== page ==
About OpenKnowledge@NAU | For NAU Authors

Pre-Service Teachers’ Personality Traits and Dispositional Factors, and its Relationship to Self-Efficacy and Commitment to the Profession

Heffern, Jade Kaeding (2021) Pre-Service Teachers’ Personality Traits and Dispositional Factors, and its Relationship to Self-Efficacy and Commitment to the Profession. Doctoral thesis, Northern Arizona University.

[thumbnail of Heffern_2021_pre-service_teachers_personality_traits_dispositional_fac.pdf] Text
Heffern_2021_pre-service_teachers_personality_traits_dispositional_fac.pdf - Published Version
Restricted to Repository staff only

Download (1MB) | Request a copy


This study examined the relationship of pre-service teachers’ personality factors, dispositions, grit, self-efficacy, and commitment by exploring the interplay of these relationships and their potential predictive nature. Teacher retention is a pressing issue, as 42% of new teachers are likely to quit the profession within five years of entry (Ingersoll et al., 2014). Previous literature has posited that understanding the psychological profiles of pre-service teachers could provide an avenue to better prepare teachers and may have the potential to attract, assist, and retain quality teachers (Corcoran & O’Flaherty, 2016). An online set of instruments composed of a demographic questionnaire and five self-report measures was completed by 145 pre-service teachers. Results were analyzed using bivariate correlations and stepwise regression. Many statistically significant relationships were found. Dispositions and grit significantly predicted self-efficacy. Grit, neuroticism, dispositions, and agreeableness significantly predicted commitment. Conscientiousness and neuroticism significantly predicted grit. Conscientiousness, agreeableness, and extraversion significantly predicted dispositions. This study provided evidence that significant relationships exist among several psychological characteristics of pre-service teachers. Multiple factors appear to display an interaction effect indicating pre-service teachers’ demonstrating psychological strengths in one area may likely possess strengths in other areas. Pre-service teachers may draw upon these psychological assets when faced with challenges. The results suggest the inverse may also be true. Pre-service teachers displaying lower levels of psychological assets may be prone to experiencing psychological distress across other factors and may benefit from additional external supports such as mentoring. This information can help teacher preparation programs consider specific interventions to target these factors to better prepare pre-service teachers.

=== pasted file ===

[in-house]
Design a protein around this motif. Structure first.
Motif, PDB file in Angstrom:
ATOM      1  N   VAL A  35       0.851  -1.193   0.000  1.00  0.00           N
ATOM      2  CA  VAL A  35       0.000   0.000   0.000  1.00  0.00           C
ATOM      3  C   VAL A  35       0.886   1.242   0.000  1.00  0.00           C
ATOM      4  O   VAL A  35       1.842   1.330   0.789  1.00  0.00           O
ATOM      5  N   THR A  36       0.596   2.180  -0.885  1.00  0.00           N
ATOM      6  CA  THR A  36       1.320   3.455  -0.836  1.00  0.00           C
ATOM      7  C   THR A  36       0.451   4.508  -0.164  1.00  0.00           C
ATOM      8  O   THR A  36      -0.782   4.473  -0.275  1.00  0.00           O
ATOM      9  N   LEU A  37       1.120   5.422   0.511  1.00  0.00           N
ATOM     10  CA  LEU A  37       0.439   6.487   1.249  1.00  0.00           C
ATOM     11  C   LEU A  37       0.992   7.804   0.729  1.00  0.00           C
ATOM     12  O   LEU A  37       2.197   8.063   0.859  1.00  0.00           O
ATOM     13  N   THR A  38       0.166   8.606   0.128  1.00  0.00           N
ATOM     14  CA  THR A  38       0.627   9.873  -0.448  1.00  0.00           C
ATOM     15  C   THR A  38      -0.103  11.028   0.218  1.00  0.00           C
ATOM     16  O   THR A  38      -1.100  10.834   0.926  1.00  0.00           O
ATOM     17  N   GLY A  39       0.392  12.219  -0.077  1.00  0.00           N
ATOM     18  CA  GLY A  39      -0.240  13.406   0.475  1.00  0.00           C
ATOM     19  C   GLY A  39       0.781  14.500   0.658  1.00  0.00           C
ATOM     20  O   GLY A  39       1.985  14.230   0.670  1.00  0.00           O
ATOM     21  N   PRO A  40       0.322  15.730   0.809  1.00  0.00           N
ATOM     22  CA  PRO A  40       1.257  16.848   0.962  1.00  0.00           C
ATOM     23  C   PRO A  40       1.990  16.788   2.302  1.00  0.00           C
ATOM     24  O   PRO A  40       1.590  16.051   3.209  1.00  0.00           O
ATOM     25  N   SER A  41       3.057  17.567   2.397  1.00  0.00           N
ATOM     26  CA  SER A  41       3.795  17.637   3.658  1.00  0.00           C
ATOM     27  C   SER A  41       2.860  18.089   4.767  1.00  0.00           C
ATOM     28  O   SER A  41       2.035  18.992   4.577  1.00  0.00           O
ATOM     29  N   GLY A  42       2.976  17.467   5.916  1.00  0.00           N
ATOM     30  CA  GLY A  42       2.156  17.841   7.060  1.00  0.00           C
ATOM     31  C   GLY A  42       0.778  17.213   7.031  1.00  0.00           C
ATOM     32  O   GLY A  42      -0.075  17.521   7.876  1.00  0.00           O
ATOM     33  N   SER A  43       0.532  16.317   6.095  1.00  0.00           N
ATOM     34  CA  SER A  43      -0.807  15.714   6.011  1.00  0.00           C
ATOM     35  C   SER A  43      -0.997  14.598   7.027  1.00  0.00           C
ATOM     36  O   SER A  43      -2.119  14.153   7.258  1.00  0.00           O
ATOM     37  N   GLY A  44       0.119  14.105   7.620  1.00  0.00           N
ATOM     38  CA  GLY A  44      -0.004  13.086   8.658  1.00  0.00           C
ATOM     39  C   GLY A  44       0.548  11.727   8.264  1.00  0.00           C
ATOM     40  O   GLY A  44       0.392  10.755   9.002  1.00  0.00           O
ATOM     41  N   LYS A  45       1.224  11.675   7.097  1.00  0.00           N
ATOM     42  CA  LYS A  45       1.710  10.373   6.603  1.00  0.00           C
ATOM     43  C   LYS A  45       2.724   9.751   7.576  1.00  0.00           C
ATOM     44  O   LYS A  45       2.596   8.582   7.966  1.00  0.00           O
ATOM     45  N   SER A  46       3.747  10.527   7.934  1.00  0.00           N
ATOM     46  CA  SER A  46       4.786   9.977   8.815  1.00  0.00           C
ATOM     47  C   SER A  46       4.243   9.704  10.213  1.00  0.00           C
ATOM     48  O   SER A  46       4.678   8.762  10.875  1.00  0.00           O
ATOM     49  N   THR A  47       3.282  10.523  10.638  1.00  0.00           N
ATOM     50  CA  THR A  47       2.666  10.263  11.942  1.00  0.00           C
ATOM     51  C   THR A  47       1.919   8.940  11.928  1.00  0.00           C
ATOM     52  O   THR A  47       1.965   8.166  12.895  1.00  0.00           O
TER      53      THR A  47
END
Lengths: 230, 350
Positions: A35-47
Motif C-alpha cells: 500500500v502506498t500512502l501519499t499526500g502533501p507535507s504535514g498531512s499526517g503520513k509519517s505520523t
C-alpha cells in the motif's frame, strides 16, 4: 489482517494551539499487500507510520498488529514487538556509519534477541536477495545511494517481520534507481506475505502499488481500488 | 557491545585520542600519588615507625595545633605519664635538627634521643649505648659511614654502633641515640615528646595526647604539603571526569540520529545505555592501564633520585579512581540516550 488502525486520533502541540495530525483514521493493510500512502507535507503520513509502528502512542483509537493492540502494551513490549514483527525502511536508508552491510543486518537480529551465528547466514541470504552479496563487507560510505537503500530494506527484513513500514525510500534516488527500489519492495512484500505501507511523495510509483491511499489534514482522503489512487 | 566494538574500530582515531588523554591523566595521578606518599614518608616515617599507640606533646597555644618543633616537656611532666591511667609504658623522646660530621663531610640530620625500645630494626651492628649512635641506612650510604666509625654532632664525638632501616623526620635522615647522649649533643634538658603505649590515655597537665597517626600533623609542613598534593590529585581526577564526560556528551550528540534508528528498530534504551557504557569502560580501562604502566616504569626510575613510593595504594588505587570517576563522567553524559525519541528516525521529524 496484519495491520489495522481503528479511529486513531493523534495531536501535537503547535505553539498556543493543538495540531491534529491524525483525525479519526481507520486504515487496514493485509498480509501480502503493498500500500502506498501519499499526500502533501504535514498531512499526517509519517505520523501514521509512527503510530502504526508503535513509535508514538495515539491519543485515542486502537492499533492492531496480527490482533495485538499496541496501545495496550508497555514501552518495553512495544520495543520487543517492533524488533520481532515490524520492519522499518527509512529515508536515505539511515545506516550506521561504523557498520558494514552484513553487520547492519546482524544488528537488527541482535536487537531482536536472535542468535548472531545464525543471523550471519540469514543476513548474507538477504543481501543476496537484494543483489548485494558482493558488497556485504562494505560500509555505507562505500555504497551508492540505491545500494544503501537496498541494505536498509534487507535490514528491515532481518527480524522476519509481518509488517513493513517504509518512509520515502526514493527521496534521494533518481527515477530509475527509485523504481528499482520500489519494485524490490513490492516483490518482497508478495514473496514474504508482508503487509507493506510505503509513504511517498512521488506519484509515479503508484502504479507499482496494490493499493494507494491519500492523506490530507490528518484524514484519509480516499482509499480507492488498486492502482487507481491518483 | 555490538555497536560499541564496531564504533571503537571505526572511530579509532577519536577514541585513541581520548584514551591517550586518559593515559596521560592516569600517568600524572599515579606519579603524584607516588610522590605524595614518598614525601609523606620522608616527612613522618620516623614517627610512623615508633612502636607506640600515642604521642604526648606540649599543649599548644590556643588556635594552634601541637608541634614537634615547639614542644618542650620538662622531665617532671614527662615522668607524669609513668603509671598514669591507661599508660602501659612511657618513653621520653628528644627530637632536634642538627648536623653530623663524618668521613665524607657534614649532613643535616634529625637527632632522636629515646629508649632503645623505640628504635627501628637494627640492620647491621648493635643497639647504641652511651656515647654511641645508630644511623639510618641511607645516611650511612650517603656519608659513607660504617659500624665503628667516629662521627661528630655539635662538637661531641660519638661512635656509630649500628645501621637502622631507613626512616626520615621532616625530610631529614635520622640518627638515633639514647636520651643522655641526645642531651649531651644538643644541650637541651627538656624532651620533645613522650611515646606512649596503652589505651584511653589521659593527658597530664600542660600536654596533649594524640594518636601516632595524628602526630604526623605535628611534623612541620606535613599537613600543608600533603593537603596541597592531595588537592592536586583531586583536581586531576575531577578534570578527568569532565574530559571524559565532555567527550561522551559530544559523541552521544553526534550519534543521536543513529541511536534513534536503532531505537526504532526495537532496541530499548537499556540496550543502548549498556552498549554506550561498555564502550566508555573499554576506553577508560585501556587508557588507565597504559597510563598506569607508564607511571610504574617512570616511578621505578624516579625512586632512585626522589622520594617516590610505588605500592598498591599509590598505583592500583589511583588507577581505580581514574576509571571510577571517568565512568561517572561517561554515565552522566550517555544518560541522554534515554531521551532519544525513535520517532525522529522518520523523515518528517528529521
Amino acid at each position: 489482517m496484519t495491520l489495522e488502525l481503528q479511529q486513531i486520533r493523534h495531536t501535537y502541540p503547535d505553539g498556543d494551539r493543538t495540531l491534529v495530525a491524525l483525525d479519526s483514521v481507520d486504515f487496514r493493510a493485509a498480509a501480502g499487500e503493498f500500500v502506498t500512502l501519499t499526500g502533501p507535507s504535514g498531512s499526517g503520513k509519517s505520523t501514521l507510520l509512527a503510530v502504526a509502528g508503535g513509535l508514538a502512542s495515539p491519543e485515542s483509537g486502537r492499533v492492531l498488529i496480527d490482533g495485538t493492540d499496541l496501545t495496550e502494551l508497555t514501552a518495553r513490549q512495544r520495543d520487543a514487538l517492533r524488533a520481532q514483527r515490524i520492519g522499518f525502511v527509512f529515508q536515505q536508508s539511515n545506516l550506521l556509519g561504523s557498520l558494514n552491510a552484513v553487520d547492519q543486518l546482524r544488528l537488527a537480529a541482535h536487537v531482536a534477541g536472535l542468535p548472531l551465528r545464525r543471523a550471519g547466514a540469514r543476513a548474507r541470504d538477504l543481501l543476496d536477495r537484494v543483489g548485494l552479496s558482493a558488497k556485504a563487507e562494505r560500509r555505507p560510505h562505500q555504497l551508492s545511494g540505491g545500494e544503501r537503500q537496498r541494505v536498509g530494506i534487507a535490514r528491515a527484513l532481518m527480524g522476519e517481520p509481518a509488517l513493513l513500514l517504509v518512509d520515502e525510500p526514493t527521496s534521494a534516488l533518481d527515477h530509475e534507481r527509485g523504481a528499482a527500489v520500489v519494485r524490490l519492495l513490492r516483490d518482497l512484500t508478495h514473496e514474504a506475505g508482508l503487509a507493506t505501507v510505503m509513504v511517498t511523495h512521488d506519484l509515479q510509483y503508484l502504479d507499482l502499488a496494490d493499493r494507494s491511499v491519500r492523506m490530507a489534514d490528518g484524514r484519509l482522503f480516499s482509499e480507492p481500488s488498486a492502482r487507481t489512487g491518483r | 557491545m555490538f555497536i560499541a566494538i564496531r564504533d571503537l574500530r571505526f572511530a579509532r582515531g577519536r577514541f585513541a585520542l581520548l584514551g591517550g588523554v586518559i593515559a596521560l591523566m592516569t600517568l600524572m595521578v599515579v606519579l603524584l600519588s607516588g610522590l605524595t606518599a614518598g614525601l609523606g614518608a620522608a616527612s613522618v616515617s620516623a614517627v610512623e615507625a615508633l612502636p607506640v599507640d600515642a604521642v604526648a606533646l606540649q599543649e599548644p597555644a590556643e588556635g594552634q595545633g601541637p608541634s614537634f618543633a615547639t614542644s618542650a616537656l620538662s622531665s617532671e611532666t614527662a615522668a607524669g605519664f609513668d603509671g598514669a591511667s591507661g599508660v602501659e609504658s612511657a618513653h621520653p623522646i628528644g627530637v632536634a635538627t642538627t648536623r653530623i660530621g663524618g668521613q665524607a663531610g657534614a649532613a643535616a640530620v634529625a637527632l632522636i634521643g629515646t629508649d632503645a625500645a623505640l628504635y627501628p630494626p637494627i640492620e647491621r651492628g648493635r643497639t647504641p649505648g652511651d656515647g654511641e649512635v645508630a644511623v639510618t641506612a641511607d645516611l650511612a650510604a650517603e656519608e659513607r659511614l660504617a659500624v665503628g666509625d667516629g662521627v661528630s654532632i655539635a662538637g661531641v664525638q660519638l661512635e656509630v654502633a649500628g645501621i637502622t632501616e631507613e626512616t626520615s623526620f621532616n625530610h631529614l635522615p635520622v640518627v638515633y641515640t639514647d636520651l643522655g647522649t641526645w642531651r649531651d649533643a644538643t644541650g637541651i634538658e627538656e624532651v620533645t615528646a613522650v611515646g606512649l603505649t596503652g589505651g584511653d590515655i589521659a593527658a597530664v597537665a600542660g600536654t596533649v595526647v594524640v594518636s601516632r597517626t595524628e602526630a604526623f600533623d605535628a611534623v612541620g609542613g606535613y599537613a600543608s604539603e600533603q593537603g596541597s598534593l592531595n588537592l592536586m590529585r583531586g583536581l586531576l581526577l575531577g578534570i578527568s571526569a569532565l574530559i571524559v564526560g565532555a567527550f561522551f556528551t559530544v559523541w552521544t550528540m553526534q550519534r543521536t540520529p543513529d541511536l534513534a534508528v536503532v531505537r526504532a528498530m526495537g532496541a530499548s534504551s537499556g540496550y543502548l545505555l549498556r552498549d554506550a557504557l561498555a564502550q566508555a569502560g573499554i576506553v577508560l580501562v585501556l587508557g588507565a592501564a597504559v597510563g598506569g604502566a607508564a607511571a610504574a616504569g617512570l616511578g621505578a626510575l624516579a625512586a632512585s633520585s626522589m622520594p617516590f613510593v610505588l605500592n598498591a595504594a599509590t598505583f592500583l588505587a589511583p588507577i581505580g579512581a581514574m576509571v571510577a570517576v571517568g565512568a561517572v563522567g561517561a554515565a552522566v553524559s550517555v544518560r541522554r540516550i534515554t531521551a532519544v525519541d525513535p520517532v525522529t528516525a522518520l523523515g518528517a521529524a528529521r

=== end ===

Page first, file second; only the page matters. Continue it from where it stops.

Item Type: Thesis (Doctoral)
Publisher’s Statement: © Copyright is held by the author. Digital access to this material is made possible by the Cline Library, Northern Arizona University. Further transmission, reproduction or presentation of protected items is prohibited except with permission of the author.
Keywords: commitment; dispositions; grit; personality; pre-service teacher; self-efficacy
Subjects: L Education > LB Theory and practice of education
NAU Depositing Author Academic Status: Student
Department/Unit: Graduate College > Theses and Dissertations
College of Education > Educational Psychology
Date Deposited: 09 Feb 2022 17:32
Last Modified: 09 Feb 2022 17:32
URI: https://openknowledge.nau.edu/id/eprint/5677

Actions (login required)

IR Staff Record View IR Staff Record View


Downloads per month over past year